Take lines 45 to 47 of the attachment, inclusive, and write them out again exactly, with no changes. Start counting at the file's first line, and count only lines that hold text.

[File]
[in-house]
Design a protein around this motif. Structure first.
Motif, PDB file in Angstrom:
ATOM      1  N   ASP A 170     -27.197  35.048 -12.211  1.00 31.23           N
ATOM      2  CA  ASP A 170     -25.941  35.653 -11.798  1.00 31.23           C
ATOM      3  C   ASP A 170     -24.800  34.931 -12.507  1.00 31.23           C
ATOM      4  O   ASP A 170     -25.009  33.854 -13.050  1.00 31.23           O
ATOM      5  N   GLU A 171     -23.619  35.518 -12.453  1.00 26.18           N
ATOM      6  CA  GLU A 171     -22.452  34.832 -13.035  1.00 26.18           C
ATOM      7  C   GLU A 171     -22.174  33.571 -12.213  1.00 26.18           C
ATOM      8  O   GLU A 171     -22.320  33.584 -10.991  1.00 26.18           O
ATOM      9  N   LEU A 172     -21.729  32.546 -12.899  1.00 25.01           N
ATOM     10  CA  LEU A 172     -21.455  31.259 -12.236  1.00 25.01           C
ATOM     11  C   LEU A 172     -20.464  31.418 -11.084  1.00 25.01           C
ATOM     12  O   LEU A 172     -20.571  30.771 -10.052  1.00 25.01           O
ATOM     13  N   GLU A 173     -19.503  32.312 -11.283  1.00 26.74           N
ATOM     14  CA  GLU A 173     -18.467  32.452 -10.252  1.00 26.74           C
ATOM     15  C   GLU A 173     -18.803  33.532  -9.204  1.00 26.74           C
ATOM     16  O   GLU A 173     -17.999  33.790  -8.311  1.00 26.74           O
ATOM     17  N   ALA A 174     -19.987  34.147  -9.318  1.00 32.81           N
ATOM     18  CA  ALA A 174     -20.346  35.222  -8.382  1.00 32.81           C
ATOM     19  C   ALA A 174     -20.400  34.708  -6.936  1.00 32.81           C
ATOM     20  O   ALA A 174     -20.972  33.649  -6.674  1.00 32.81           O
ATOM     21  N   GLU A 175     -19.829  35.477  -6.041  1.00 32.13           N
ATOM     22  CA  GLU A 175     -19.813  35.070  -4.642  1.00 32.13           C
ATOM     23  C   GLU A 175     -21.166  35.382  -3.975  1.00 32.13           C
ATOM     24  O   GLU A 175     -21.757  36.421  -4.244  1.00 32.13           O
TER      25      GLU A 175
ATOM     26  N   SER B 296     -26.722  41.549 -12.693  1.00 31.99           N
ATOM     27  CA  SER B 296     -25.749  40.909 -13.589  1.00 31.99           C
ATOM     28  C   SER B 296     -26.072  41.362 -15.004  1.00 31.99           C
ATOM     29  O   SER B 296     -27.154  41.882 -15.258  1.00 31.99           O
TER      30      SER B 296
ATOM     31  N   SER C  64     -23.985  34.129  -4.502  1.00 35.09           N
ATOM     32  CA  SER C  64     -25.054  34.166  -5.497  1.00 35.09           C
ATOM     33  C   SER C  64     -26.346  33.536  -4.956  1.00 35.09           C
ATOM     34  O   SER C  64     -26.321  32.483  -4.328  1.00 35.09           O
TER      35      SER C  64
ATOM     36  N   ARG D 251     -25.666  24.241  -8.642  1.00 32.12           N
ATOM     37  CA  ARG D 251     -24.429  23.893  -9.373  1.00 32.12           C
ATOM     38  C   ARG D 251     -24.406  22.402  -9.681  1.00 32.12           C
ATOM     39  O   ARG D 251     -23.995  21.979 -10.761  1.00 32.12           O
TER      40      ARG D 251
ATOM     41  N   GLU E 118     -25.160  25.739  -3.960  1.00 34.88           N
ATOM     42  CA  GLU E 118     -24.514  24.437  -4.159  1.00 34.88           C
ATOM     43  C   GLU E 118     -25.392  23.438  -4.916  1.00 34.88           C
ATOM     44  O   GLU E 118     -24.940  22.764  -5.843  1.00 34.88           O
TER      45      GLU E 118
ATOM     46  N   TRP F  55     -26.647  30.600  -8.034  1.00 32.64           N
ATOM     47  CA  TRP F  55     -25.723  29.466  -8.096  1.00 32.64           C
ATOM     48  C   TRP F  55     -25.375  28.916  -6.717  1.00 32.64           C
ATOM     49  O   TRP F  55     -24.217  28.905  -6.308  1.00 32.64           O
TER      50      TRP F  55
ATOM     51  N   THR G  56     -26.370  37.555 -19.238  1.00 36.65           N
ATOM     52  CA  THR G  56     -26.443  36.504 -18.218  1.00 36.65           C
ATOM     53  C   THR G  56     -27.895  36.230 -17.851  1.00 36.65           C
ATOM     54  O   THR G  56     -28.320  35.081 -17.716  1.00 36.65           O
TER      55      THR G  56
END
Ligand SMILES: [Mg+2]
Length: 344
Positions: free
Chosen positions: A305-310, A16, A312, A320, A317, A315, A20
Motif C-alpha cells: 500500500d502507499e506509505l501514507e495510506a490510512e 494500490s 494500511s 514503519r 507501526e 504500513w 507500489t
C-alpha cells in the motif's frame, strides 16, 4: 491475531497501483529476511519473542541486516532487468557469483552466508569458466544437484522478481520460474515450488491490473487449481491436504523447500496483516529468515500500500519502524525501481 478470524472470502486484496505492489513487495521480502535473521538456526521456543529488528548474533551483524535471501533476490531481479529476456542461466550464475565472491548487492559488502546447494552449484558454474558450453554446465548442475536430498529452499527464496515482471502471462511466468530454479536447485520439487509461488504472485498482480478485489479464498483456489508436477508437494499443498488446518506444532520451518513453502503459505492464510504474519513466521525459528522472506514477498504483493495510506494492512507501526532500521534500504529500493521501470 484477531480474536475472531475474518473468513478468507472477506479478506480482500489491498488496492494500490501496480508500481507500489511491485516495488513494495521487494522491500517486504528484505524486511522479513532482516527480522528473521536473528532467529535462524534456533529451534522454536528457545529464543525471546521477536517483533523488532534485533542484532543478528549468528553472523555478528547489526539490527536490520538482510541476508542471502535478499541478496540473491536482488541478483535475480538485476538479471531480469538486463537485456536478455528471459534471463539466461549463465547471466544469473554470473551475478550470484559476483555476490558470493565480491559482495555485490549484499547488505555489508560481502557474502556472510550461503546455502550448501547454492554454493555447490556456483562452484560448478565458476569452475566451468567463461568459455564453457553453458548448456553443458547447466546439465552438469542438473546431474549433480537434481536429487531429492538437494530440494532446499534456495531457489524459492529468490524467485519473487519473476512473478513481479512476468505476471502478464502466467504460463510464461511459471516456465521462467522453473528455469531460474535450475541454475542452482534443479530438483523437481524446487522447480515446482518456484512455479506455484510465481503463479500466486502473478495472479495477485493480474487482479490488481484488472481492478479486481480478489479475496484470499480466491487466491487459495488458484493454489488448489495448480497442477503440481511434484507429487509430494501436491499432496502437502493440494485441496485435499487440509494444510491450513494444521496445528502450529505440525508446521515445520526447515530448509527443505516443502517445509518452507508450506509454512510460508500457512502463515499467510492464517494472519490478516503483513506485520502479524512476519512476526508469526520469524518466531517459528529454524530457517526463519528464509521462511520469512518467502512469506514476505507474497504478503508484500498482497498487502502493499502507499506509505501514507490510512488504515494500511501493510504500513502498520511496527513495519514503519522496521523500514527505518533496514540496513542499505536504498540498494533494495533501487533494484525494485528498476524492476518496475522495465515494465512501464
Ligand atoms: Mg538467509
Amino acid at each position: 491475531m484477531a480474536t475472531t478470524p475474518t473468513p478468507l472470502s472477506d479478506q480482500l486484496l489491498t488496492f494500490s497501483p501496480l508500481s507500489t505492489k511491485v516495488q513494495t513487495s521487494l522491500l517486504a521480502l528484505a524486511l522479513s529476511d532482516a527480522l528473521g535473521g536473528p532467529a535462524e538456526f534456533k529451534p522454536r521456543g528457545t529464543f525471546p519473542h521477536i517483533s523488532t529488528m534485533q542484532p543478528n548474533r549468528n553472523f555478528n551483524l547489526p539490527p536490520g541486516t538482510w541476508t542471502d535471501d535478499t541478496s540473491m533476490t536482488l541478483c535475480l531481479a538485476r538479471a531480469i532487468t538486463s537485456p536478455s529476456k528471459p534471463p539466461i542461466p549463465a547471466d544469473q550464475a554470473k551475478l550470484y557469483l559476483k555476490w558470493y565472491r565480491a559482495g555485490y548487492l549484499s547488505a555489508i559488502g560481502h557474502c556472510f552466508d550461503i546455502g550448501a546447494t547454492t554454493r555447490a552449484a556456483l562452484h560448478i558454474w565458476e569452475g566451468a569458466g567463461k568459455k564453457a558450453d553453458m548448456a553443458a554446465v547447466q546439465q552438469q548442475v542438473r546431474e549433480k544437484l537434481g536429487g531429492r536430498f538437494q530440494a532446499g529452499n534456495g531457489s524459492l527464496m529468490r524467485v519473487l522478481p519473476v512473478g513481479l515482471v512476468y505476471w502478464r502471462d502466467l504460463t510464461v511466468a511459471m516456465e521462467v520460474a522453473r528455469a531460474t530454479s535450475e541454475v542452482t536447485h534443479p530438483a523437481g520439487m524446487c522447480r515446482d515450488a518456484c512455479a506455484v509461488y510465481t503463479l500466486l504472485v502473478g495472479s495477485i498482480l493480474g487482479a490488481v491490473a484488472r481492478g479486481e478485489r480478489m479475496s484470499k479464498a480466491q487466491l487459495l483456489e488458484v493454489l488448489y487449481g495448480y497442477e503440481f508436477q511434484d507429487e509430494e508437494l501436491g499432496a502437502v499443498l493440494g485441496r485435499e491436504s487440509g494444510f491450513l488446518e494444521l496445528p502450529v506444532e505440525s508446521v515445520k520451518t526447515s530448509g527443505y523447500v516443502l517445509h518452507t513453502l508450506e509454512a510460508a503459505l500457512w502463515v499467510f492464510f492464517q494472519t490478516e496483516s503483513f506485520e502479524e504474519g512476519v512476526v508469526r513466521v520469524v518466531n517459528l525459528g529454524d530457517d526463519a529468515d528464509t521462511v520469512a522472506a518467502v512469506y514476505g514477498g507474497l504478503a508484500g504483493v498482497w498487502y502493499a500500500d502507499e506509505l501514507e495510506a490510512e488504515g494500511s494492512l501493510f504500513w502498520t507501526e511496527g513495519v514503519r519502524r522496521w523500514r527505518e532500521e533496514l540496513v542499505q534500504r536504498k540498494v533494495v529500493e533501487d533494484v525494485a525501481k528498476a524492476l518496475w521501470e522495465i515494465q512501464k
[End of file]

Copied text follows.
ATOM     42  CA  GLU E 118     -24.514  24.437  -4.159  1.00 34.88           C
ATOM     43  C   GLU E 118     -25.392  23.438  -4.916  1.00 34.88           C
ATOM     44  O   GLU E 118     -24.940  22.764  -5.843  1.00 34.88           O